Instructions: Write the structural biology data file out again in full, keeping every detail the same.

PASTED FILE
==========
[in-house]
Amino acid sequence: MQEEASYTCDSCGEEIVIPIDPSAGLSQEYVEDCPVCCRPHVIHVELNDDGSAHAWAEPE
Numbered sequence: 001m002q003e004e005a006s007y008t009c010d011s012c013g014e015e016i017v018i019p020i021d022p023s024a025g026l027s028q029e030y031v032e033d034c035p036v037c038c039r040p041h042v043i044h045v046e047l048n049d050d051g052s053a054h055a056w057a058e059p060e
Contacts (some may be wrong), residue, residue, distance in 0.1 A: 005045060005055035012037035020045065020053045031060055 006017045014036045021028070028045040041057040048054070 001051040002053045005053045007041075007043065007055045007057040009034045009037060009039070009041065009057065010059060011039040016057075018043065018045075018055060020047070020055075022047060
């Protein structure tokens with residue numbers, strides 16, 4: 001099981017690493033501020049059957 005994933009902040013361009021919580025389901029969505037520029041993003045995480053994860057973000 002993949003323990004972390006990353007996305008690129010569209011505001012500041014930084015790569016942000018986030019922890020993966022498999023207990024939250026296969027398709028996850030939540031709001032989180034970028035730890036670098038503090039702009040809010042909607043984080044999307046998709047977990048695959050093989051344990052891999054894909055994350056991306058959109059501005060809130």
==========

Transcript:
[in-house]
Amino acid sequence: MQEEASYTCDSCGEEIVIPIDPSAGLSQEYVEDCPVCCRPHVIHVELNDDGSAHAWAEPE
Numbered sequence: 001m002q003e004e005a006s007y008t009c010d011s012c013g014e015e016i017v018i019p020i021d022p023s024a025g026l027s028q029e030y031v032e033d034c035p036v037c038c039r040p041h042v043i044h045v046e047l048n049d050d051g052s053a054h055a056w057a058e059p060e
Contacts (some may be wrong), residue, residue, distance in 0.1 A: 005045060005055035012037035020045065020053045031060055 006017045014036045021028070028045040041057040048054070 001051040002053045005053045007041075007043065007055045007057040009034045009037060009039070009041065009057065010059060011039040016057075018043065018045075018055060020047070020055075022047060
């Protein structure tokens with residue numbers, strides 16, 4: 001099981017690493033501020049059957 005994933009902040013361009021919580025389901029969505037520029041993003045995480053994860057973000 002993949003323990004972390006990353007996305008690129010569209011505001012500041014930084015790569016942000018986030019922890020993966022498999023207990024939250026296969027398709028996850030939540031709001032989180034970028035730890036670098038503090039702009040809010042909607043984080044999307046998709047977990048695959050093989051344990052891999054894909055994350056991306058959109059501005060809130």